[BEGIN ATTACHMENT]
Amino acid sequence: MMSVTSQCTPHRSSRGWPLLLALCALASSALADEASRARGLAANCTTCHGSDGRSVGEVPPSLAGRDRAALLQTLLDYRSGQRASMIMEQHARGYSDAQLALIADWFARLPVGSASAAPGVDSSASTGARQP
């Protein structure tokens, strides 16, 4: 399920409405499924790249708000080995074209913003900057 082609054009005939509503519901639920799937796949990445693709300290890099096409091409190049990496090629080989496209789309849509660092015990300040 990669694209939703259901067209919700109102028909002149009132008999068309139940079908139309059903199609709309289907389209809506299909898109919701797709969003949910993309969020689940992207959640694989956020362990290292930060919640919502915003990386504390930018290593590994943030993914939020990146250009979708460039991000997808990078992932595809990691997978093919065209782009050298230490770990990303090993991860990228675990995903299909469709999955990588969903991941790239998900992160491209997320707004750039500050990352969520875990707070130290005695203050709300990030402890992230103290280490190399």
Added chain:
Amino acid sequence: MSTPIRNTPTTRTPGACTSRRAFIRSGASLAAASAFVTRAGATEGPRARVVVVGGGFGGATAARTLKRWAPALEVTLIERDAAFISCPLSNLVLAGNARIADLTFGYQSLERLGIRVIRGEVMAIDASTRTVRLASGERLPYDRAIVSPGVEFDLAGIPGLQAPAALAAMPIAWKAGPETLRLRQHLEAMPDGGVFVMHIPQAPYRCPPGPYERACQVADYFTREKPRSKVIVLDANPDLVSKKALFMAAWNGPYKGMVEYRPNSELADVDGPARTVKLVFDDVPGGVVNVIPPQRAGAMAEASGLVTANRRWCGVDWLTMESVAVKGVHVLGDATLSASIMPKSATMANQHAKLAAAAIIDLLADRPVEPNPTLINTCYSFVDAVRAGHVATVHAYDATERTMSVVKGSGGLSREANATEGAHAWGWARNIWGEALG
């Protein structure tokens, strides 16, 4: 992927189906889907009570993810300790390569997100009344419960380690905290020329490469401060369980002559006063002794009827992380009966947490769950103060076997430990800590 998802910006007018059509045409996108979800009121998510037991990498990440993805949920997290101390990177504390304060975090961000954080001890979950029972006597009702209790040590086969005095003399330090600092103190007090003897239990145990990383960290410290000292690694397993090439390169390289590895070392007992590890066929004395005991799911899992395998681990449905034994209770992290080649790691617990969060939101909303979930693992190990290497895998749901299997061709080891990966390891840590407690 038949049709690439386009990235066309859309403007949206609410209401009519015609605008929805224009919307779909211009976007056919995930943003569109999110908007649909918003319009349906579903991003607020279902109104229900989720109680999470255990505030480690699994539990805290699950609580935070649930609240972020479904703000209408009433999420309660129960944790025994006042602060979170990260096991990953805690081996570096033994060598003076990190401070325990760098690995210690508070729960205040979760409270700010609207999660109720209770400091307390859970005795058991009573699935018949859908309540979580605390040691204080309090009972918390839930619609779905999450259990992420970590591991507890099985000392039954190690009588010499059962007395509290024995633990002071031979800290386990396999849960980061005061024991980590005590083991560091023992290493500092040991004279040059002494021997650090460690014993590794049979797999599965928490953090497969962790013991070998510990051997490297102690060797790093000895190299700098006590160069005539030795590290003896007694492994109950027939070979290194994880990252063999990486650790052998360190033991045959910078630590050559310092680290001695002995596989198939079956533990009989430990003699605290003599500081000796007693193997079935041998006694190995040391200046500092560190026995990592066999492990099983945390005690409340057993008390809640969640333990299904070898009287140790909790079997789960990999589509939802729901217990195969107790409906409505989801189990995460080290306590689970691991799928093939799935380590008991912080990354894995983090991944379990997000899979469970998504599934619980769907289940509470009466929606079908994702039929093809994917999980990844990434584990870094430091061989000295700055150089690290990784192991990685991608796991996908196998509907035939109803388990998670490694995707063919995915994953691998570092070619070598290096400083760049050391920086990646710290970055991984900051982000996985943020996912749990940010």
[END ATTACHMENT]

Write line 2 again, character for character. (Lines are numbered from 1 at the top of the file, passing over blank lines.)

């Protein structure tokens, strides 16, 4: 399920409405499924790249708000080995074209913003900057 082609054009005939509503519901639920799937796949990445693709300290890099096409091409190049990496090629080989496209789309849509660092015990300040 990669694209939703259901067209919700109102028909002149009132008999068309139940079908139309059903199609709309289907389209809506299909898109919701797709969003949910993309969020689940992207959640694989956020362990290292930060919640919502915003990386504390930018290593590994943030993914939020990146250009979708460039991000997808990078992932595809990691997978093919065209782009050298230490770990990303090993991860990228675990995903299909469709999955990588969903991941790239998900992160491209997320707004750039500050990352969520875990707070130290005695203050709300990030402890992230103290280490190399």